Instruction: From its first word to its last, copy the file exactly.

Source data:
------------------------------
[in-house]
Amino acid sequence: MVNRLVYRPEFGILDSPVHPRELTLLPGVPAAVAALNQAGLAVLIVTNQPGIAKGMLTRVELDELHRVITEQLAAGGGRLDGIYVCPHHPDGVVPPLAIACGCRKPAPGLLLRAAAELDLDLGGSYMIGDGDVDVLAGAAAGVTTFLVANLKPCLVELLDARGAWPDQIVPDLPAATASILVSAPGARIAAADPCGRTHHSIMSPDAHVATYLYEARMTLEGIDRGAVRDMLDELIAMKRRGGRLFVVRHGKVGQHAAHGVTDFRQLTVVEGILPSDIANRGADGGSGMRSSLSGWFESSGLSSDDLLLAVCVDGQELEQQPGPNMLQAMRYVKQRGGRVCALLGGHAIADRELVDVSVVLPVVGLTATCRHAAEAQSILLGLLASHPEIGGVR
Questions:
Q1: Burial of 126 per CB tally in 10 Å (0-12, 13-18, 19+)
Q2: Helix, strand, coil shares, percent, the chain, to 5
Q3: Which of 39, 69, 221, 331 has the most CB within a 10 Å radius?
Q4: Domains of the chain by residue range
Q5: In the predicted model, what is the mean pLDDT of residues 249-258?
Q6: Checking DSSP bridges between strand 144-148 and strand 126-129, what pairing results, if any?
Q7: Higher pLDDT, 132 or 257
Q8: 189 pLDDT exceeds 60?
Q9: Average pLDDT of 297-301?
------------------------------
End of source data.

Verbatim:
[in-house]
Amino acid sequence: MVNRLVYRPEFGILDSPVHPRELTLLPGVPAAVAALNQAGLAVLIVTNQPGIAKGMLTRVELDELHRVITEQLAAGGGRLDGIYVCPHHPDGVVPPLAIACGCRKPAPGLLLRAAAELDLDLGGSYMIGDGDVDVLAGAAAGVTTFLVANLKPCLVELLDARGAWPDQIVPDLPAATASILVSAPGARIAAADPCGRTHHSIMSPDAHVATYLYEARMTLEGIDRGAVRDMLDELIAMKRRGGRLFVVRHGKVGQHAAHGVTDFRQLTVVEGILPSDIANRGADGGSGMRSSLSGWFESSGLSSDDLLLAVCVDGQELEQQPGPNMLQAMRYVKQRGGRVCALLGGHAIADRELVDVSVVLPVVGLTATCRHAAEAQSILLGLLASHPEIGGVR
Questions:
Q1: Burial of 126 per CB tally in 10 Å (0-12, 13-18, 19+)
Q2: Helix, strand, coil shares, percent, the chain, to 5
Q3: Which of 39, 69, 221, 331 has the most CB within a 10 Å radius?
Q4: Domains of the chain by residue range
Q5: In the predicted model, what is the mean pLDDT of residues 249-258?
Q6: Checking DSSP bridges between strand 144-148 and strand 126-129, what pairing results, if any?
Q7: Higher pLDDT, 132 or 257
Q8: 189 pLDDT exceeds 60?
Q9: Average pLDDT of 297-301?